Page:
There is a tiny cluster of islands in the sea between Norway and Iceland where sheep roam green meadows, puffins swoop over, in, and out of fjords, and people speak a language close to the Old Norse spoken there by Viking settlers 1000 years ago: Faroese. The Faroe Islands is a self-governing nation that is part of the Kingdom of Denmark, and while Danish (as well as English) is a common second language for the inhabitants, not everyone speaks it. Or at least Steinbjørn Jacobsen didn’t. He was a poet, author, and agitator for secession from Denmark who spoke and wrote in nothing other than Faroese. So in 1978, when the U.S. State Department brought him over for a tour (something they did then with various political activists in order to win them over in case they needed them later), they found themselves in a bind when trying to get him an interpreter.
They called on Eric Wilson, who spoke no Faroese but had studied Old Icelandic, and whose essay (from the New England Review, posted at LitHub) about the experience of escorting the poet around the U.S. is a gripping and hilarious tale of communication and miscommunication with university professors in fancy offices, coal miners’ sons in Appalachia, Latino farm workers in California, and hikers in the Grand Canyon, all filtered through layers of historical Nordic linguistics. This is how they first meet:
I knocked loudly, but there was no response. Reluctantly I let myself in. The air conditioning had been set at arctic. The floor was littered with tiny liquor bottles from the mini-fridge, as well as wrappers from Oreo cookies, Mars Bars, and Snickers. In a corner I saw a figure slumped down on the floor, leaning back against a wall, apparently sound asleep. All he was wearing was a colorful pair of paisley Faeroese skivvies. I knelt down and shook his knee; slowly he opened his eyes. They were an amazingly piercing blue, but at this point too bleary to pierce much of anything. I told him my name and that I would now be his escort-interpreter. I was here; I would stay with him. I said this in my dodgy Danish, which he didn’t appear to understand. I tried again, pronouncing all the Danish sounds that are normally slurred or silent. Finally I sensed he was absorbing what I was saying. Pulling him up by both hands, I was able to get him to his feet. I was surprised at how short he was. As he tried to bring me into focus, his eyes filled with tears. I put my hands on his shoulders, trying to steady him. I wasn’t ready for any of this. Although this assignment still seemed preferable to KATKINS für die Katze, I knew I was out of my depth. Trying to keep him upright, I asked if he wanted something to eat. I used the Danish word “spise” and then the Swedish word “äta,” miming lifting a spoon out of an invisible bowl. He shook his head no. I heard “sove” as he mimed tilting his head down into his folded hands. So I led him into the bedroom. I watched him crawl onto the rumpled unmade bed. Then, lying on his back, he stared up at me and broke into a smile before he closed his eyes. He didn’t say goodnight. All he said before he fell asleep was, “Eiríkur.” My name in Faeroese. My instincts told me to call State immediately and tell them I couldn’t do this. But then they had already been stranded once. And I had given them my word.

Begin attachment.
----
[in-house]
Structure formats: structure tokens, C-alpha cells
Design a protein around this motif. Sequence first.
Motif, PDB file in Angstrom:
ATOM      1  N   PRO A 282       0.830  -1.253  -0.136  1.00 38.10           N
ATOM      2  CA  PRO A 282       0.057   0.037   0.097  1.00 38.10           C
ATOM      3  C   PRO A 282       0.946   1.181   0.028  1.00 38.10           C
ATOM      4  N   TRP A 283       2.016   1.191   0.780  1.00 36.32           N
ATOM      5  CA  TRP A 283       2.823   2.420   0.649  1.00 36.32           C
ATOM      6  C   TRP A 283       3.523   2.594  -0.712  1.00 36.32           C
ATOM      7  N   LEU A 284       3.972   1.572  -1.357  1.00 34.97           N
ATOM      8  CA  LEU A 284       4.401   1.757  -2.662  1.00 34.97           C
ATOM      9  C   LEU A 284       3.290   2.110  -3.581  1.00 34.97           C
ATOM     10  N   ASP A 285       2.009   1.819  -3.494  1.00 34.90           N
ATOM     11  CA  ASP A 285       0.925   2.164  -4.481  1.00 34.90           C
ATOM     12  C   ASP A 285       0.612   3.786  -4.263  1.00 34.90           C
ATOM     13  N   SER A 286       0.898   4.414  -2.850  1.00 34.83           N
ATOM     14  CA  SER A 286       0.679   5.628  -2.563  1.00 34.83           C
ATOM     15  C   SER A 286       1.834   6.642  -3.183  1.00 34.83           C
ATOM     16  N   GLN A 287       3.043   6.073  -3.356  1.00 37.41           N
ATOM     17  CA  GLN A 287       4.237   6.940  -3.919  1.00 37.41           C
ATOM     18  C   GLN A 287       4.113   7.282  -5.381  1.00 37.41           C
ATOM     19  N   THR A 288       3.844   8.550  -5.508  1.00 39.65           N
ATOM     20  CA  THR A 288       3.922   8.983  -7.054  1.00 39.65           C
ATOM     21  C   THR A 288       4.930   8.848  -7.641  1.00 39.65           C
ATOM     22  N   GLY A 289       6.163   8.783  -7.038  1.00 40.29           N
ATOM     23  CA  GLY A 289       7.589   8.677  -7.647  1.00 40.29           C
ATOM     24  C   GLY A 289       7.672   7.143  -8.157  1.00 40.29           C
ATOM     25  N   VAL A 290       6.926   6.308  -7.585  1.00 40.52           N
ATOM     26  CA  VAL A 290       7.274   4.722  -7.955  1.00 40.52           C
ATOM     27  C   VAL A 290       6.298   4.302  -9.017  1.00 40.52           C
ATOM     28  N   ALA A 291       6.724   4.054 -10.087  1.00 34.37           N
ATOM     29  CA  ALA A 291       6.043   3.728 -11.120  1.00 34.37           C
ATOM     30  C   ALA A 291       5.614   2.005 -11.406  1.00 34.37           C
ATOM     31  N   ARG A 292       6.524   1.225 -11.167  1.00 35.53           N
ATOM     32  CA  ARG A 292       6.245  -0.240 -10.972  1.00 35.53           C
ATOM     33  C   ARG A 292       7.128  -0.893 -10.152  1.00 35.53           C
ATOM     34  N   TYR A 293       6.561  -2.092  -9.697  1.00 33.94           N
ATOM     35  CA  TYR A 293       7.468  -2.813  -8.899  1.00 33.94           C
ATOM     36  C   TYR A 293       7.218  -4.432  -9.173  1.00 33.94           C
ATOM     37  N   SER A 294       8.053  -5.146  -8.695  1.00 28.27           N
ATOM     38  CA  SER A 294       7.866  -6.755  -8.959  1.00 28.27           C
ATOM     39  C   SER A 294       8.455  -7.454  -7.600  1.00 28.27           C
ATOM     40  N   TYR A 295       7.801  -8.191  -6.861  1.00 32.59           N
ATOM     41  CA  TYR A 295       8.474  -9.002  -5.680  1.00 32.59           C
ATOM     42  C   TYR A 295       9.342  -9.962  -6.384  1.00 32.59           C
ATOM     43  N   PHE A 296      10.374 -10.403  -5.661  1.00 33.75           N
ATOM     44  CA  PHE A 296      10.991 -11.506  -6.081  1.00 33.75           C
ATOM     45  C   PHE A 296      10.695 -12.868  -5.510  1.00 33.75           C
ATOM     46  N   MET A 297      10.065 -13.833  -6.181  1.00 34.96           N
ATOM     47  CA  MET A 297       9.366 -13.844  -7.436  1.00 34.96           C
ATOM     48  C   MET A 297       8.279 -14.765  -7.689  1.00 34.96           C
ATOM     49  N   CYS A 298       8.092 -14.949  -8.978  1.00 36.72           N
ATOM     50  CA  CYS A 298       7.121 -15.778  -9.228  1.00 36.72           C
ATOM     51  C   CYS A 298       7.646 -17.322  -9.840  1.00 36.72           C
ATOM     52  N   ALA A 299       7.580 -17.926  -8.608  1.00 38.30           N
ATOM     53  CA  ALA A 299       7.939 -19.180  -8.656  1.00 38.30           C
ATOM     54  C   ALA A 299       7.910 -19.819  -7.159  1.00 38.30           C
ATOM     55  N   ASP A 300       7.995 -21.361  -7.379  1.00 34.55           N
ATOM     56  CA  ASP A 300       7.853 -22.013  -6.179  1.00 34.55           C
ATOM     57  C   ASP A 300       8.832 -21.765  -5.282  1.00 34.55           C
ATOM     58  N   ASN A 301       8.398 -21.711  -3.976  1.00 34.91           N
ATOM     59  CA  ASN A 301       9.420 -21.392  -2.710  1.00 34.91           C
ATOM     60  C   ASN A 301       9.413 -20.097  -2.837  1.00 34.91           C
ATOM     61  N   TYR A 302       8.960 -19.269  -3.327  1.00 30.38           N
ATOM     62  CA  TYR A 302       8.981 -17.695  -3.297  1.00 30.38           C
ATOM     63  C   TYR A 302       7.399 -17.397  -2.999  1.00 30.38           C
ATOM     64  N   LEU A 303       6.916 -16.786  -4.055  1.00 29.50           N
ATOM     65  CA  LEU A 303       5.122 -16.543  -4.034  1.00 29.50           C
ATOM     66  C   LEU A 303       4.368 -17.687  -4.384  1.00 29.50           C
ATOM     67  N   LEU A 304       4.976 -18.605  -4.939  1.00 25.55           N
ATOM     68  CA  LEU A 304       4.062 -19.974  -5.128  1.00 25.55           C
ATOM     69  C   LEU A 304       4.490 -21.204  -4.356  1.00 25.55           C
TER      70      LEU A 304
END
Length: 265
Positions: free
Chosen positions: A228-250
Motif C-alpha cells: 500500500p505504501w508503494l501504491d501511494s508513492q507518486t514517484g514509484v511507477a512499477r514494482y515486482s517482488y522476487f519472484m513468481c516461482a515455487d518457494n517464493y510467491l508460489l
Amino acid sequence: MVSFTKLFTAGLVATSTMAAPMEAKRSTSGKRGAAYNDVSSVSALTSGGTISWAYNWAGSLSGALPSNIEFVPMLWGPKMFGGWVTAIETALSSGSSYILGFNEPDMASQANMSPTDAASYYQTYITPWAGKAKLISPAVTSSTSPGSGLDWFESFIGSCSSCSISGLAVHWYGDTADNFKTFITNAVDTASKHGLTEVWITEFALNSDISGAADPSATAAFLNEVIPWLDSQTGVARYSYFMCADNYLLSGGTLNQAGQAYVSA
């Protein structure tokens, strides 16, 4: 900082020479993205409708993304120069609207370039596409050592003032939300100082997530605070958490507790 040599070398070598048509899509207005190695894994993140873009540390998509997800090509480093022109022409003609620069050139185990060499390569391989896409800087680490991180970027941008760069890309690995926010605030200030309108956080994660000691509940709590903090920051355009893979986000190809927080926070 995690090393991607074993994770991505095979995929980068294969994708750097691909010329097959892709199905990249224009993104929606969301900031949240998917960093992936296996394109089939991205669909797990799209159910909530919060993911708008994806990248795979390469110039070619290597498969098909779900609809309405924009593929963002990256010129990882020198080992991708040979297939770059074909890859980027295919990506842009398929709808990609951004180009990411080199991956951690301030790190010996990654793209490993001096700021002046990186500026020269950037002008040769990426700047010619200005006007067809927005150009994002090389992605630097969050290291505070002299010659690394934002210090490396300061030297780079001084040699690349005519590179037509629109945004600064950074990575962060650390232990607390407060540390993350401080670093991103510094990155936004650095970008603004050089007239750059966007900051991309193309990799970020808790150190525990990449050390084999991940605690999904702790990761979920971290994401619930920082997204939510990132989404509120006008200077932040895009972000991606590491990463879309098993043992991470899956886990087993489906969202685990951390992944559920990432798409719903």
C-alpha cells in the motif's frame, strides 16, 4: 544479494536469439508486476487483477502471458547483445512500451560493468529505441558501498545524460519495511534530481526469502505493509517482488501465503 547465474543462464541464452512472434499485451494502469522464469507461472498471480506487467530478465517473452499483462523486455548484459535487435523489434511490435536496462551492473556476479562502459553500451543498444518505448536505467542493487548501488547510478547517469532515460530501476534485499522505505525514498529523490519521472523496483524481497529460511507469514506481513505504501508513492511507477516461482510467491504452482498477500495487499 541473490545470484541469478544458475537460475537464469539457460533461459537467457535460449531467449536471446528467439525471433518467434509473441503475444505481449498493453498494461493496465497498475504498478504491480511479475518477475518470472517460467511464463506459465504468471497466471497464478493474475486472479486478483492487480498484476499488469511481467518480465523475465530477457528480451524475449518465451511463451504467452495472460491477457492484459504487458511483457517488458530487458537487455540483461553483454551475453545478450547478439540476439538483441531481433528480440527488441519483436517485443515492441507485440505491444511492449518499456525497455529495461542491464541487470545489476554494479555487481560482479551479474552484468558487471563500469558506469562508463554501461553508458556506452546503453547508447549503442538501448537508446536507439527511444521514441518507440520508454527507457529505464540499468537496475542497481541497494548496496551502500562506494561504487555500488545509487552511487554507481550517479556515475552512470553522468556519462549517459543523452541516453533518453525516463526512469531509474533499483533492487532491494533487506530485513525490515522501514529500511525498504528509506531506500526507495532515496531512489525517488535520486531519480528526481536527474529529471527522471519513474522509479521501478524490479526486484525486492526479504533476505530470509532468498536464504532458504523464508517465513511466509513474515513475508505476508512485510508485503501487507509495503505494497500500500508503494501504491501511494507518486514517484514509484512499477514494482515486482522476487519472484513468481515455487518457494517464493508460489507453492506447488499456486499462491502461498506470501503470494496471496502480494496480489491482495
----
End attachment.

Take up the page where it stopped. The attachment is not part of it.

Many more liquor bottles are emptied and many more communication barriers are broken—or at least peered over—before the end of the trip. Read the rest of the crazy story at LitHub.